By Erin S, Chile, Fall 2012
Yesterday, I decided that I speak too much English. In fact, I got pretty upset with myself when I figured it out. I’m embarrassed to admit it, but the only Spanish time I really get is the little time I spend with my host family and the 3 or 4 hours I spend in class every day. Fridays and Sundays treat me pretty well Spanish-wise because I get to spend some additional time speaking Spanish with my Chilean friends at church. Besides that, though, I speak English.
So I’ve decided to push myself outside of my comfort zone because I came to Chile to learn Spanish. Yesterday was trial number one.
Unlike most of the other gringos, I have a Friday class. My hypothesis is that the international program directors quit scheduling Friday class for us because the students always skipped to travel (or just start the weekend early) anyways. Well, last week when I went to the first scheduled class session, I found out why I have a Friday class: it’s for Chileans. Besides one other guy from Oklahoma who was a native Spanish speaker anyways, I was the only foreigner.
This situation is horrendous and advantageous all at the same time. On the horrendous end of the spectrum, I only understood about 10% of last Friday’s lecture. In the classes designed for international students, the professors know that they need to speak more slowly for us. Since this one was composed of mostly Chileans, though, the professor felt no such need to slow down. The advantage of the class, though, is that it’s the perfect environment to make Chilean friends.
That’s why I went back yesterday. Even though I had understood so little the previous week, I knew that I needed to move outside of my comfort zone and do something difficult.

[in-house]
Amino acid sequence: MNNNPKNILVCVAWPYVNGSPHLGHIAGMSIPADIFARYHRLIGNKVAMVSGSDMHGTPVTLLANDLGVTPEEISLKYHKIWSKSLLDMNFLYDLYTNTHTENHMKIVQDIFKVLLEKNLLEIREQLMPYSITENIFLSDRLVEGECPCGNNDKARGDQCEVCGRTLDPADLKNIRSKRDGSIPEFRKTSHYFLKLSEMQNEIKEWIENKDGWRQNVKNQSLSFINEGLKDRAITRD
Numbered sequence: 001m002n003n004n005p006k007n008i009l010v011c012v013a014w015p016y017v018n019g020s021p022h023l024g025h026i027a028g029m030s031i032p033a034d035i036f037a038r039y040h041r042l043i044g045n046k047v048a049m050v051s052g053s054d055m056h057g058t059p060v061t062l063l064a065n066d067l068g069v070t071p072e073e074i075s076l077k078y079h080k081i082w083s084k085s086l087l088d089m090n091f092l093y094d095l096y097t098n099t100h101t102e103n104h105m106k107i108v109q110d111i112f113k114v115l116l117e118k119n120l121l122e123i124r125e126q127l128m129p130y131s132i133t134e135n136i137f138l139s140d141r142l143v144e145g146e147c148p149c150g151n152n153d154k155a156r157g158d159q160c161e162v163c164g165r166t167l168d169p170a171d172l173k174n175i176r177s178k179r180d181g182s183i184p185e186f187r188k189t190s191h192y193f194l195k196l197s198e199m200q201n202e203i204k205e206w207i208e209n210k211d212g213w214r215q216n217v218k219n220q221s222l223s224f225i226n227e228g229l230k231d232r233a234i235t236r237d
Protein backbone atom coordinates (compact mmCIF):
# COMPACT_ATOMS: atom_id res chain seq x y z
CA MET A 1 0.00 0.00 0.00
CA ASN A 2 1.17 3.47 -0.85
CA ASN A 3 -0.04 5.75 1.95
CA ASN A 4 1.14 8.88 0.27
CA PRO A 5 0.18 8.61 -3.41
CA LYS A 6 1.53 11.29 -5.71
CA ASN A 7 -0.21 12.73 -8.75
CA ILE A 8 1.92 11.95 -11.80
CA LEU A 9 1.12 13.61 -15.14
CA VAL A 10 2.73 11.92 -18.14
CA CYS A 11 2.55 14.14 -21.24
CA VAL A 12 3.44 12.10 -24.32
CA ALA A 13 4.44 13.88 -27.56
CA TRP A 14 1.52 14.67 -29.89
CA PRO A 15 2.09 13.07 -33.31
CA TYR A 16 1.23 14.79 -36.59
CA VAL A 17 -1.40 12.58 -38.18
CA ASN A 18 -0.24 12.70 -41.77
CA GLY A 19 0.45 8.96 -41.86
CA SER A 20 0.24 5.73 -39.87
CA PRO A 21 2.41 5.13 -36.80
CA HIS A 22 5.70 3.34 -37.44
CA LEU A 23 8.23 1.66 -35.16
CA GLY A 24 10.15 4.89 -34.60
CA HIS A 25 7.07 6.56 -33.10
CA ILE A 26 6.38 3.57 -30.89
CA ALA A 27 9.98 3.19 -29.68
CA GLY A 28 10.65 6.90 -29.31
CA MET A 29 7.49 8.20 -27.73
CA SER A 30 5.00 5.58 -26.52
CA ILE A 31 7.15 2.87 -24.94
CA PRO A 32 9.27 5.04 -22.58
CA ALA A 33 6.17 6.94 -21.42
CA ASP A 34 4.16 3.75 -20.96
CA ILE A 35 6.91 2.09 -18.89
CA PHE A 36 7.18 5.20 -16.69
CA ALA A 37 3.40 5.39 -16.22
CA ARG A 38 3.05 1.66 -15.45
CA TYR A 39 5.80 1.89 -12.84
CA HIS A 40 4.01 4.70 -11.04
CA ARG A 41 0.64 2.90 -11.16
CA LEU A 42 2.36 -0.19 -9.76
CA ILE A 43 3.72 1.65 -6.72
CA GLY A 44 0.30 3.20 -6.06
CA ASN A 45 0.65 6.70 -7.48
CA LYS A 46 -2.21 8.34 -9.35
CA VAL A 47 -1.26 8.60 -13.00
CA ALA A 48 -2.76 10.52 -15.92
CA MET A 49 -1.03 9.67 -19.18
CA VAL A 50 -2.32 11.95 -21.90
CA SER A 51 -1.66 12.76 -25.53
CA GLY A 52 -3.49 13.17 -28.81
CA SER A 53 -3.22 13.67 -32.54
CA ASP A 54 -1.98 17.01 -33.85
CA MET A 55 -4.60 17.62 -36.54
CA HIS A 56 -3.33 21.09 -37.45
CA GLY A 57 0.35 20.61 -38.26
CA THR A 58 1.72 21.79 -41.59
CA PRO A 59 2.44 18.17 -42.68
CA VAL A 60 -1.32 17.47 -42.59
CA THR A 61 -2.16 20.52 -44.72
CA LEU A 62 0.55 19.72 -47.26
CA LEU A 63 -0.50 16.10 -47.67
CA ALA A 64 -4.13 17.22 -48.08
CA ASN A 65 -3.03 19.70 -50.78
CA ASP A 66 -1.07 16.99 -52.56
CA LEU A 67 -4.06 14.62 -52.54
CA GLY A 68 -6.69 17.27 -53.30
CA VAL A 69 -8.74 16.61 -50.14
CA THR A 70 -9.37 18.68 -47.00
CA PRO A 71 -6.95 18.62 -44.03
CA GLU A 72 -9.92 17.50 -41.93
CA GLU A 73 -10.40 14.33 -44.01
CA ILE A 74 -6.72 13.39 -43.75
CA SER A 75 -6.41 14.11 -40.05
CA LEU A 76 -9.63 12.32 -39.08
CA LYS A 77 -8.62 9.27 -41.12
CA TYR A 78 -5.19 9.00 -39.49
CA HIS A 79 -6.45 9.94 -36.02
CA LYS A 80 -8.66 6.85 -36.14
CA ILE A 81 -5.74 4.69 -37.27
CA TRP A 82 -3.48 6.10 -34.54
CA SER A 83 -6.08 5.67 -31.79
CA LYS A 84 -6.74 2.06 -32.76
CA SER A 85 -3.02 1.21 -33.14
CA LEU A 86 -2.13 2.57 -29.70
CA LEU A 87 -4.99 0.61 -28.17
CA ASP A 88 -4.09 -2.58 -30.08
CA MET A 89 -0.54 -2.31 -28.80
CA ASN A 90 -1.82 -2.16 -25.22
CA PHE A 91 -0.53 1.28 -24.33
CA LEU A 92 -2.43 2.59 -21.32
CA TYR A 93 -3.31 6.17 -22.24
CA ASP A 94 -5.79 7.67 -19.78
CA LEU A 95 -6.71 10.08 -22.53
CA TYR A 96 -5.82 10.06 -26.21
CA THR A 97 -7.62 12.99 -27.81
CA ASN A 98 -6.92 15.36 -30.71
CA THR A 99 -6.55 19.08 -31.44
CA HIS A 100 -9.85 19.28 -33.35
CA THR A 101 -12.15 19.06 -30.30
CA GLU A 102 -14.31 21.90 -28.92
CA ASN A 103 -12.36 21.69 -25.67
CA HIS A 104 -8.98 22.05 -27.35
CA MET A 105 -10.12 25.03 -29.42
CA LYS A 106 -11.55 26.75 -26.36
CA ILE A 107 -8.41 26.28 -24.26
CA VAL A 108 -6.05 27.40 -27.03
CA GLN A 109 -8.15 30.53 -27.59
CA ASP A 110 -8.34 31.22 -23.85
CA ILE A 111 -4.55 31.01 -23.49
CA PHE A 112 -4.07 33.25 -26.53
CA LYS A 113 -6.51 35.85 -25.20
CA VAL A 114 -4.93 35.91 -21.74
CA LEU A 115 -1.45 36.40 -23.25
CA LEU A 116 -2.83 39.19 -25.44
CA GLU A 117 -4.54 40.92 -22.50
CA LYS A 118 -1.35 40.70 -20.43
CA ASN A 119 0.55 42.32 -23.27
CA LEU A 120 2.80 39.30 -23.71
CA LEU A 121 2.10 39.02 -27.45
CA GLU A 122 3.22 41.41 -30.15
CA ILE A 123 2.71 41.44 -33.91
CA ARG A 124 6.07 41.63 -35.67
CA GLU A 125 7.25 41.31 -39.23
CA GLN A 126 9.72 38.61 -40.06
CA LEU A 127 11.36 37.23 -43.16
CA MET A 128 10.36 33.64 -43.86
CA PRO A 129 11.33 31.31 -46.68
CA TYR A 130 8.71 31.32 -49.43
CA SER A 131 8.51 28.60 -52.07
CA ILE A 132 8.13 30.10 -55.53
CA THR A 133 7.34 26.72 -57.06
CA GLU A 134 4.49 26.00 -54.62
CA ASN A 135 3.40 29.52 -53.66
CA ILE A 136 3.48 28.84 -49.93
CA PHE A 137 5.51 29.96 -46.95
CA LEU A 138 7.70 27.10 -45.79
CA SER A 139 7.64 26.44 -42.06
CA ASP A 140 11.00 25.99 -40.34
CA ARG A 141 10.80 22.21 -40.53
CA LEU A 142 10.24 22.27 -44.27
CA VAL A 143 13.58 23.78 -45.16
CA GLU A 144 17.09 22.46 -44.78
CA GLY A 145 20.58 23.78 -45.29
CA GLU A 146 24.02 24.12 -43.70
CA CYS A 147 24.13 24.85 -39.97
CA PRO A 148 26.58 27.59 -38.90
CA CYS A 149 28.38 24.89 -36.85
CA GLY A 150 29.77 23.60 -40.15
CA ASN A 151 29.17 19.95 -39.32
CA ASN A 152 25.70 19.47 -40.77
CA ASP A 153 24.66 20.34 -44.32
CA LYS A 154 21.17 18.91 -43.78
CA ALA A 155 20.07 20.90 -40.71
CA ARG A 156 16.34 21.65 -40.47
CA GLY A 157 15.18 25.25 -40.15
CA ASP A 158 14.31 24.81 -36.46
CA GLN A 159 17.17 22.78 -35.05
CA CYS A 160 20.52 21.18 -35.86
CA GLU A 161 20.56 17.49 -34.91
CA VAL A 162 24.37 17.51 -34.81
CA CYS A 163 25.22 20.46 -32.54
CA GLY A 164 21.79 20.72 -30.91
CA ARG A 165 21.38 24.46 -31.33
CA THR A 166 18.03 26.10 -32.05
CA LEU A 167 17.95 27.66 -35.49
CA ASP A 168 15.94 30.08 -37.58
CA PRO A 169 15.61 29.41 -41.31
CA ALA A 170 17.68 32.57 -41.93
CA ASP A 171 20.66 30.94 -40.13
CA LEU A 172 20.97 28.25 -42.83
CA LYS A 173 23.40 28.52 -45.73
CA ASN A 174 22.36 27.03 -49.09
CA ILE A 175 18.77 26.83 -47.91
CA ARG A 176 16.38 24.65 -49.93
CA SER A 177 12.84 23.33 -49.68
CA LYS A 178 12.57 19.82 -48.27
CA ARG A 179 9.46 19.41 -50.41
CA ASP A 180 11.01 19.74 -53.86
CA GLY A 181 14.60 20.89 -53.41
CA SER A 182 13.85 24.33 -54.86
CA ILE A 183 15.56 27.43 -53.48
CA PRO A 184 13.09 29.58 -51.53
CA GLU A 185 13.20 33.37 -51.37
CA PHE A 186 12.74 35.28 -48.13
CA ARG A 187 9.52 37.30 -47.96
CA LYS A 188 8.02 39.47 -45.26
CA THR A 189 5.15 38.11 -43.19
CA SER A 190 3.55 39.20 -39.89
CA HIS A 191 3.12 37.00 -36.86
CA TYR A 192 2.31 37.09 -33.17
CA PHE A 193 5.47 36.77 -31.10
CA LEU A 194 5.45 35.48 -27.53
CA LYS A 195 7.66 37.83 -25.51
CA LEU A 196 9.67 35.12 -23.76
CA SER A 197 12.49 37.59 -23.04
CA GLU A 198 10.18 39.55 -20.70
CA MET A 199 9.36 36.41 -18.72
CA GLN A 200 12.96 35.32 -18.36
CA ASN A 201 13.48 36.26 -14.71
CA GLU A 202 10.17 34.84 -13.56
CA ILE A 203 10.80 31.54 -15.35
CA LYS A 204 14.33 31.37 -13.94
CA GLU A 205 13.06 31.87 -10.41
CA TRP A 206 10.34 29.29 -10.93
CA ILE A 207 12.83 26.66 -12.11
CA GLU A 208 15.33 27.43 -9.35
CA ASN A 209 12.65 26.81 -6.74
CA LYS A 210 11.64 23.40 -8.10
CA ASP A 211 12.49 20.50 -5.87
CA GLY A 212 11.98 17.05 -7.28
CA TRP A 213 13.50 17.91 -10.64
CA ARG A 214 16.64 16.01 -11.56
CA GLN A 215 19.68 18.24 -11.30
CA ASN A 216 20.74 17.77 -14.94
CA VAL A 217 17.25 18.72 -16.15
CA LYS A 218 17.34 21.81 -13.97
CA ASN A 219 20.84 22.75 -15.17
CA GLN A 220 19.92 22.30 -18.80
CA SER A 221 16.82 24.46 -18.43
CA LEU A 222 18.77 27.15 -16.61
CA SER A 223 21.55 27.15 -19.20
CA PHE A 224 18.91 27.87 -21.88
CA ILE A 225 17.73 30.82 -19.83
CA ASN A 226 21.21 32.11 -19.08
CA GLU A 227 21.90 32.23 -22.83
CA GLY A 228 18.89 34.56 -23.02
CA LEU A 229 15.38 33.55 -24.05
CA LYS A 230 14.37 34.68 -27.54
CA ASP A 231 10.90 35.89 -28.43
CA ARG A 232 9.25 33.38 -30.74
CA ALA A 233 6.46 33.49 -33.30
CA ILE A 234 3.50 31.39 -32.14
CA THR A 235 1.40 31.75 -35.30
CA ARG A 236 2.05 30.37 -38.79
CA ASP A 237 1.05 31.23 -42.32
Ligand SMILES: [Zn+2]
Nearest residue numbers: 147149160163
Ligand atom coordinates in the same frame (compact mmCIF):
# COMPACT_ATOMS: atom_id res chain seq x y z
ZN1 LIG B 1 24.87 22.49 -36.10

My high hopes of understanding more of the lecture this week were quickly shot down. The professor was very animated, but unfortunately my Spanish listening skills still need some honing. No matter, though. When class was dismissed, I decided to do the second uncomfortable thing: it was time to go and make a friend.
“So what’s the homework for next week?” I asked one of the guys from my class (en Español, por supuesto). I knew very well what the homework was; this was merely a friend-making strategy. This led us into conversation about where we live, where I’m from, what my host family is like, etc. Then my new friend (whose name I didn’t catch) offered to give me a tour of the art building. By this time we had been talking for about 10 minutes. My strategy was working! He took me to meet some of his friends in the café, and then he showed me around the “Zona Verde” (Green Zone). There was a compost pile back there, and I’m still not clear on whether the place is named for the compost pile or because that’s where the Chilean students go to smoke pot–he was quick to point out that interesting tidbit.
At this point, I think my friend forgot that I was a foreigner because he started talking really fast. I was trying desperately to keep up, but I could only catch bits and pieces. Somehow this guy started talking about the Incas (our class is about Aztec art, so I think that was the springboard), and this quickly turned into a 30 minute lecture on the rise and fall of the Incan Empire.
Twenty-four hours later, I’m still looking back and trying to figure out why he felt the need to give me a history lesson. I’m picking over the pieces of our conversation that I remember for clues, but I come up dry every time. I must have looked interested; I have no other explanation.
When my friend finally realized that the sun was setting, we parted ways. For blocks, I puzzled over what the heck had just happened, and then I just started to laugh. It was hands-down the most unusual conversation I’ve had in Chile thus far.
I’ll probably end up dropping the class this week, but I don’t regret going yesterday. Chances are, I’ll never see this “friend” again. But I tell you what, I think it’s going to be hard to forget him. If I have a hundred more stories just like this one by the time I leave in December, my semester will have been a success.
Until Next Time,
Vexed in Viña